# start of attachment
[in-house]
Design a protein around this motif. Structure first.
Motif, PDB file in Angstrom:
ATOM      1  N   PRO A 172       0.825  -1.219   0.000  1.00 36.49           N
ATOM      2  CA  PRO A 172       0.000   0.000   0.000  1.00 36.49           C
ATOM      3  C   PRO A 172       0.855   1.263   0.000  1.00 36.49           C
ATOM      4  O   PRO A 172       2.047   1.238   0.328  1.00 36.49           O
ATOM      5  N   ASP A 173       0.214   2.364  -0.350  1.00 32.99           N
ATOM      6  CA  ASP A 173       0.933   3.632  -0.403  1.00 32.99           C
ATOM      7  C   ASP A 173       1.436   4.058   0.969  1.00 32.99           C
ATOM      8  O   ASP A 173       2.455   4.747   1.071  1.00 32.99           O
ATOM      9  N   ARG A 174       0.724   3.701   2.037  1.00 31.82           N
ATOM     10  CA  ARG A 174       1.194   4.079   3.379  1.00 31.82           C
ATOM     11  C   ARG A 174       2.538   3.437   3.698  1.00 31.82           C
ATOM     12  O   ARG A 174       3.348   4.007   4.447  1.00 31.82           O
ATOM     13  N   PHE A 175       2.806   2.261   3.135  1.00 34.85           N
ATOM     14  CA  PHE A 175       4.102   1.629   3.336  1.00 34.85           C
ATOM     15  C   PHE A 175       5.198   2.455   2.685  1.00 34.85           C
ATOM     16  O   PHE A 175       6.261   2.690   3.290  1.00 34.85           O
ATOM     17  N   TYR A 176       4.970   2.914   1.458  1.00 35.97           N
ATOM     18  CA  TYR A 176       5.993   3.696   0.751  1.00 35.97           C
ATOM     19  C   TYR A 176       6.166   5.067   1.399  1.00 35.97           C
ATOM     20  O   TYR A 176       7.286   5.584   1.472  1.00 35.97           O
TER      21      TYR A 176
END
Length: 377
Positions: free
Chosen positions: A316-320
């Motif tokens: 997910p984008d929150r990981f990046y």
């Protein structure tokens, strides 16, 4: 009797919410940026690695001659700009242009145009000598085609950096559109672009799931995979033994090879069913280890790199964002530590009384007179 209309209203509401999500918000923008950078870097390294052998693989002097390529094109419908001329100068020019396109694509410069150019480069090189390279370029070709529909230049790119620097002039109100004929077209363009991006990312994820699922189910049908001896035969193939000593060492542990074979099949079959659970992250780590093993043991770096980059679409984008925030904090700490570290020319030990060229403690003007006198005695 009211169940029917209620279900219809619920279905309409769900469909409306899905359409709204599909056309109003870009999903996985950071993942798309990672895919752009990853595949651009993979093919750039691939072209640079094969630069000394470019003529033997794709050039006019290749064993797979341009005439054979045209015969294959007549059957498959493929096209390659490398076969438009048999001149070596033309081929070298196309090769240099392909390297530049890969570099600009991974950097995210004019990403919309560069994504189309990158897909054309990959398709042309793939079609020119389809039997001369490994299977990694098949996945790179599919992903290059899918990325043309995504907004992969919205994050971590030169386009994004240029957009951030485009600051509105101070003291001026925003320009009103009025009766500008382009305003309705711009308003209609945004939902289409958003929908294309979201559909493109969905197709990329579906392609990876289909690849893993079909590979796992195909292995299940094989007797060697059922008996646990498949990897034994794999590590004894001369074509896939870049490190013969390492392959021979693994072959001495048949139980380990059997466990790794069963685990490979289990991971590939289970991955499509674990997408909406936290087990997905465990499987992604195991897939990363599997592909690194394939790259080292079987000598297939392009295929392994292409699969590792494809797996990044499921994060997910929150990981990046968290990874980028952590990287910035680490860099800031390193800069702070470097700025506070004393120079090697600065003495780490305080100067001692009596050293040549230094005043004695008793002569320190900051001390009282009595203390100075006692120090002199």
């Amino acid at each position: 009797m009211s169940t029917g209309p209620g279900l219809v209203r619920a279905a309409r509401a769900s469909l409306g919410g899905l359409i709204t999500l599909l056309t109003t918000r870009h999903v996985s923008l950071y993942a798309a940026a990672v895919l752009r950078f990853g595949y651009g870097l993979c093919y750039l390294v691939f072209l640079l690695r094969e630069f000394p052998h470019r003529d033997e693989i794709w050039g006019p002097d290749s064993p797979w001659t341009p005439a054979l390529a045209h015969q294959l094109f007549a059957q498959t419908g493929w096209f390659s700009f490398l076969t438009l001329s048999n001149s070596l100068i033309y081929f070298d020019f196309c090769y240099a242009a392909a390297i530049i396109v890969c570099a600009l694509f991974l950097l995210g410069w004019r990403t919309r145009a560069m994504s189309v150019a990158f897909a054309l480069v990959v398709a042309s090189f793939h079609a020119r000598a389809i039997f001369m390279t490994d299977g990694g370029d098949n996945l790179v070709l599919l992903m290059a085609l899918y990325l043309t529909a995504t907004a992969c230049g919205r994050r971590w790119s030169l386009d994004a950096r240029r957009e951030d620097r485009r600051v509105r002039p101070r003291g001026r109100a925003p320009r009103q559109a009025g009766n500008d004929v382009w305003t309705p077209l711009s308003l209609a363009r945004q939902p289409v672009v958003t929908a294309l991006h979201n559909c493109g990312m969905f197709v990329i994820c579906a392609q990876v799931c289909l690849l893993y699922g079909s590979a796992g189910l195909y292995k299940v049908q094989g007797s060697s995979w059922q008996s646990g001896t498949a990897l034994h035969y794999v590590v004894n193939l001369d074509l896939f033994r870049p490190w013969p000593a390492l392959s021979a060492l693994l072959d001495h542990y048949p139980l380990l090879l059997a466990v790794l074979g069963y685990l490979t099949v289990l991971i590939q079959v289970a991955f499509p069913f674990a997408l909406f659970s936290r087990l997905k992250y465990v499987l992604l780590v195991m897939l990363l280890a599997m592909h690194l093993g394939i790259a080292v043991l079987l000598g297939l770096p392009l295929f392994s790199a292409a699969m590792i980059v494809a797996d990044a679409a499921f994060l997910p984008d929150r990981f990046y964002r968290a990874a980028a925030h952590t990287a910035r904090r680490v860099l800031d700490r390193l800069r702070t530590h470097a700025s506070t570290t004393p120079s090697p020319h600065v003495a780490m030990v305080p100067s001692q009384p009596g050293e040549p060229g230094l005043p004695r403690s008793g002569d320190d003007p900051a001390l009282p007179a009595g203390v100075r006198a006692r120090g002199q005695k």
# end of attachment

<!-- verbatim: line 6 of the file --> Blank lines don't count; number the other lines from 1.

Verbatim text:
ATOM      3  C   PRO A 172       0.855   1.263   0.000  1.00 36.49           C